Some people say that to dodge controversy, there are three topics one must avoid: politics, sex and religion. I would, however, suggest a fourth if you live in the South: barbecue. Everyone has an opinion, often formed by the immovable blend of sentiment, memory and personal taste. Open up the dialogue, and people otherwise easy going and flexible become hardliners.
Here in Kentucky, with so many counties and small communities, a variety of barbecue styles exists. Yet, when pressed, most people acknowledge that the commonwealth's definitive one comes from the western part of the state, several hours by car from Lexington.
The drive is worth it, of course, but it might be less necessary now that J.J. McBrewster's has appeared in Stonewall Center. The restaurant smokes all its meats on the premises, some for as long as 16 hours. The sauces and dips, all homemade, enhance the outdoor flavors; try the Western or "melon" for a sweet, vinegary tang, the "mean sauce" or "Daviess County dip" for peppery and hot. Sounds right to me.
Mutton is the signature meat of Western Kentucky 'cue, but McBrewster's, as most places now do, also offers variety. There is salmon, brisket, pork, chicken and turkey. These may be pulled or chopped for sandwiches ($6.99 to $8.99) or panini ($8.49), or served in lovely, hearty heaps for an abundant dinner plate ($8.25 to $11.99) that includes two sides. Sides are served individually (89 cents to $2.59), and are all Kentucky Proud when possible. Desserts ($1.49 to $4.99) are made from scratch.
And the really good news is that all this gracious plenty, including the sweet course and a beer, with a weighty to-go box, rarely costs more than $15 a person.
I wish I could say that I enjoyed the mutton more, because it is a claim to fame of sorts, yet its texture is too unpredictable: fork-tender in some places, stringy in others. I give purists their due, of course (I don't want any trouble), but I enjoyed other dishes more.
The generous pulled-pork plate, for my money, is the best of the bunch and melts in your mouth. Competition comes, believe it or not, only from the smoked turkey. This dry and grainy bird is transformed at McBrewster's. The chicken runs a close second, although perhaps suffering, as did the salmon filet, from some overexposure in the smoker.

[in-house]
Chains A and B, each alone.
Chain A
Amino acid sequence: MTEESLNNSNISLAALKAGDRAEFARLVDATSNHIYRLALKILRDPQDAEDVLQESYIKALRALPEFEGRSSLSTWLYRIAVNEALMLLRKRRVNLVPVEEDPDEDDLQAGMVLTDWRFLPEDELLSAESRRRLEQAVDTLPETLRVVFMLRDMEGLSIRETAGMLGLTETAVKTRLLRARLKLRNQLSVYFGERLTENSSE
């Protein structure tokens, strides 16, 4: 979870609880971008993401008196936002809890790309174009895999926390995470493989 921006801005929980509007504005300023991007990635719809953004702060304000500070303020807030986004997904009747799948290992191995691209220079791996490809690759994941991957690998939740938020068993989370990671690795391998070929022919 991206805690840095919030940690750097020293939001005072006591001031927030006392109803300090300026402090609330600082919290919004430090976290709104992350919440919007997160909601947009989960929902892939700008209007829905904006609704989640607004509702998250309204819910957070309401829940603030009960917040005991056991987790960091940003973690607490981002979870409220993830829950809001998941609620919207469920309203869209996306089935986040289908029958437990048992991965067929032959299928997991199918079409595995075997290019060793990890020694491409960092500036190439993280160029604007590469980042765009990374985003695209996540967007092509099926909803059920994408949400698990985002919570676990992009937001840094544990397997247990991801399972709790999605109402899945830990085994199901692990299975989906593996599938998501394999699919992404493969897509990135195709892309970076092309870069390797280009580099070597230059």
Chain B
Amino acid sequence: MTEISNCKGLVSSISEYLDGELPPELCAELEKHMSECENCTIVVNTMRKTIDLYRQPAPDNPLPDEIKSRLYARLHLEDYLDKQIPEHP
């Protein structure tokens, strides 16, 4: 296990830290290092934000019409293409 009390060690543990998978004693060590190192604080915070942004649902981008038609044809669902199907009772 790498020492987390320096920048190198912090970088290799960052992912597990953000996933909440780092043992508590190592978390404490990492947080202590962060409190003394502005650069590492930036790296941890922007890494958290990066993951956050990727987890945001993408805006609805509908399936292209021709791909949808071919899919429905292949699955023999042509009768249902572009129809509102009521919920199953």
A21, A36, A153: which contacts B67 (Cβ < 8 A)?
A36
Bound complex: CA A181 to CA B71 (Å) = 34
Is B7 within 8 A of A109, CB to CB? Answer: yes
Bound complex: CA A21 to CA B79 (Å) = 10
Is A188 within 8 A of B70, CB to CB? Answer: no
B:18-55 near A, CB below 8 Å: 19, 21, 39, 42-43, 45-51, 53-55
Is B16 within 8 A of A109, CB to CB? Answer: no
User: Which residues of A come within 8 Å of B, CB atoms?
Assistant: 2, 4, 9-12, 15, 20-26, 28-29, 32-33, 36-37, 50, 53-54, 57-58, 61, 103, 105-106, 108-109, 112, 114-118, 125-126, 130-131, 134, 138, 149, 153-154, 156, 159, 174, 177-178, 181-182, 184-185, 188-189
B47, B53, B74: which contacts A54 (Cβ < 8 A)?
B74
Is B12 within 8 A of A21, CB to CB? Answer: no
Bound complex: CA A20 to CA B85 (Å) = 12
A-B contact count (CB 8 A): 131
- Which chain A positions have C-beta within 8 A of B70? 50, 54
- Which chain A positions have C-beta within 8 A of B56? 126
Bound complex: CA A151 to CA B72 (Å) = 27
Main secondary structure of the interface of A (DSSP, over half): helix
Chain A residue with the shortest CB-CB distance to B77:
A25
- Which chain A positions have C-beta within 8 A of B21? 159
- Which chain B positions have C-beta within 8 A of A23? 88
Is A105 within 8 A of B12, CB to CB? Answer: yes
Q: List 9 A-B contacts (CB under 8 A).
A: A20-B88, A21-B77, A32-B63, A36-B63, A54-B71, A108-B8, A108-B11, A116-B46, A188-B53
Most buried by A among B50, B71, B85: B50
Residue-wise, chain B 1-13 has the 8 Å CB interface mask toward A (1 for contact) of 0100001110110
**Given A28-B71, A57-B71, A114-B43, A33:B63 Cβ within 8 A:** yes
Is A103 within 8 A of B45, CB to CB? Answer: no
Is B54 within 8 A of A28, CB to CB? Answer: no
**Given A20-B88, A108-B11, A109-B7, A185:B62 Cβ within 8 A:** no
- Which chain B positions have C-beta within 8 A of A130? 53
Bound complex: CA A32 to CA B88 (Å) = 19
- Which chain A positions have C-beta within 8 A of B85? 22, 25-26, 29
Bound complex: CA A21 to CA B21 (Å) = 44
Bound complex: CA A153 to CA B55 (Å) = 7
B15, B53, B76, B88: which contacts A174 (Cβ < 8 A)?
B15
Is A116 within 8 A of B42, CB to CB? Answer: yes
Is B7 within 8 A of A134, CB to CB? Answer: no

The sides are all suited to a good barbecue lunch or dinner, and some shine brighter than others.
Ranked starting from the best were the maple-glazed baked beans, deeply brown and sweet. Naturally, green beans are cooked Southern-style, until they are very soft, but J.J. McBrewster's are much better than most other restaurants' — neither too salty nor too watery. Crunchy, creamy slaw is a requirement on a barbecue menu; this version has a light touch, both with the mayonnaise and with the seasonings, complementing rather than overshadowing the main courses. A smoked vegetable medley of primarily zucchini and summer squash was an unexpected but welcome option.
I was less impressed with the starchier choices, including the milky mac and cheese, the al dente potato salad, or the loaded mashed potatoes — the spuds had very little flavor — with cheese and bacon.
McBrewster's corn-studded muffins are sweet, but the real desserts are positively decadent. The chocolate candy bar cake has loads of toffee and caramel between the creamy topping and chocolate cake. A fluffy peanut butter filling is the star of the "pig picking pie." But my favorite is the chocolate truffle, a dense, fudgy cake with an even darker chocolate ganache center.
Although I am going against all my best instincts by walking into the barbecue debate, I do think it's hard to beat a McBrewster's pulled-pork sandwich with hot sauce, a cold beer and vegetables grown in our own back yard.